COMMENTARY | Amanda Knox, the U.S. college student made so famous (or infamous) for being jailed and tried in Italy for the alleged 2007 “sex game gone bad” murder of her British roommate, is back in the news because Italian prosecutors are appealing to have her re-tried for the crime. Knox and her Italian boyfriend were initially convicted of murder but had their convictions overturned, allowing her to return home to Seattle. Now, reports ABC News , prosecutors are asking the nation’s supreme court to overturn the release. If prosecutors are successful, the supreme court could order a new trial and request that Knox be extradited to Italy.
An extradition request would harm U.S.-Italian relations and put a spotlight on the differences between American and European criminal investigation and prosecution techniques. Critics have alleged that Italian police did a poor job investigating the crime scene and operated at levels of professionalism inferior to their U.S. counterparts. As a result, U.S. authorities are unlikely to send a citizen back to face prosecutors who likely garnered their evidence through such substandard methods. The Italian and European press, if they take umbrage at the refusal to extradite, could touch off an international debate over criminal justice.
Which nation’s criminal justice system is superior? Is it fair to extradite a citizen to a foreign nation that utilizes considerably different investigative and prosecutorial methods? How does the Italian prosecutors’ appeal compare to American concepts of double jeopardy? Heightening the legal drama is the weak Italian economy and unstable political situation. Is Italy perhaps trying to play politico-judicial games to exert diplomatic power over a citizen of a far more powerful nation, hoping to look stronger during an era of recession and Eurozone malaise?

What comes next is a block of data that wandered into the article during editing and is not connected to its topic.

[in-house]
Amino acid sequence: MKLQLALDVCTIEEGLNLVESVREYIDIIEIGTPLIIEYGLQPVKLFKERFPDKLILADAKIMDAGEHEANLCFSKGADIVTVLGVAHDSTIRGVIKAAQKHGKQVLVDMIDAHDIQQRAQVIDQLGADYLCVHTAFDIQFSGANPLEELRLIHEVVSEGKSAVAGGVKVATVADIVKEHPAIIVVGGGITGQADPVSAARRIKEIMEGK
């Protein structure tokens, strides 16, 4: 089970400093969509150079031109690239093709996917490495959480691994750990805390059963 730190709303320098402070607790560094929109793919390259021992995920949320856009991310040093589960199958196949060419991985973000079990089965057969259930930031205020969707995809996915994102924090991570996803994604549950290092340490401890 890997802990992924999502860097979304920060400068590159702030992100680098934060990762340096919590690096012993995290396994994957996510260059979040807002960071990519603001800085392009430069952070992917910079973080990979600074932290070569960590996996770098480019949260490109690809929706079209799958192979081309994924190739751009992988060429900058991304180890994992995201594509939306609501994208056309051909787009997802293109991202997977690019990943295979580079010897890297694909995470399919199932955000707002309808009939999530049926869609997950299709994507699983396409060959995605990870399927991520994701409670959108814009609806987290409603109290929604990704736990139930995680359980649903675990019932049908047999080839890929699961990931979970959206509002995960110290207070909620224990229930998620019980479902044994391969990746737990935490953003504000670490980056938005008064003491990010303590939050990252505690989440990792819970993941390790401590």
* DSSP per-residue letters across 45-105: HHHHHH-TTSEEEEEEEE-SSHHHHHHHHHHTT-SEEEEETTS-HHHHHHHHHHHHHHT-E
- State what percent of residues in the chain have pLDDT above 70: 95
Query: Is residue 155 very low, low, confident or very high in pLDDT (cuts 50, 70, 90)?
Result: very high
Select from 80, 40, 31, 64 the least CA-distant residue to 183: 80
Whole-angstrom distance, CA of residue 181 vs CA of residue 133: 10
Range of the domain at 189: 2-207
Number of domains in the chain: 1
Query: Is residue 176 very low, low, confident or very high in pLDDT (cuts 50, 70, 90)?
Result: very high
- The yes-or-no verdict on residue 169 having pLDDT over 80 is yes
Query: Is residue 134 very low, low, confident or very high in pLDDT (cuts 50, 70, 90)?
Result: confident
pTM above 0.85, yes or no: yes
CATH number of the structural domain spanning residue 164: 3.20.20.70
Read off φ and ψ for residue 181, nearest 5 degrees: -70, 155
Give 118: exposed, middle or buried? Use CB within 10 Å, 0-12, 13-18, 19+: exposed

And, equally as importantly, will America, perhaps hoping to look more team-oriented and less unilateral after 10 years of near-unilateral military action in Iraq, go along with an Italian request for extradition? Would the U.S. put the rights and freedoms of a citizen in jeopardy to strengthen its ties with Europe? Or, conversely, would accepting Italian demands for extradition make the United States look weak, more concerned with its global image as a new “nice guy” than one willing to put its foot down?
The situation is far more broad than just Italy and the United States. As the U.S. enters the post-Iraq and post-Afghanistan world, how will it play with friends?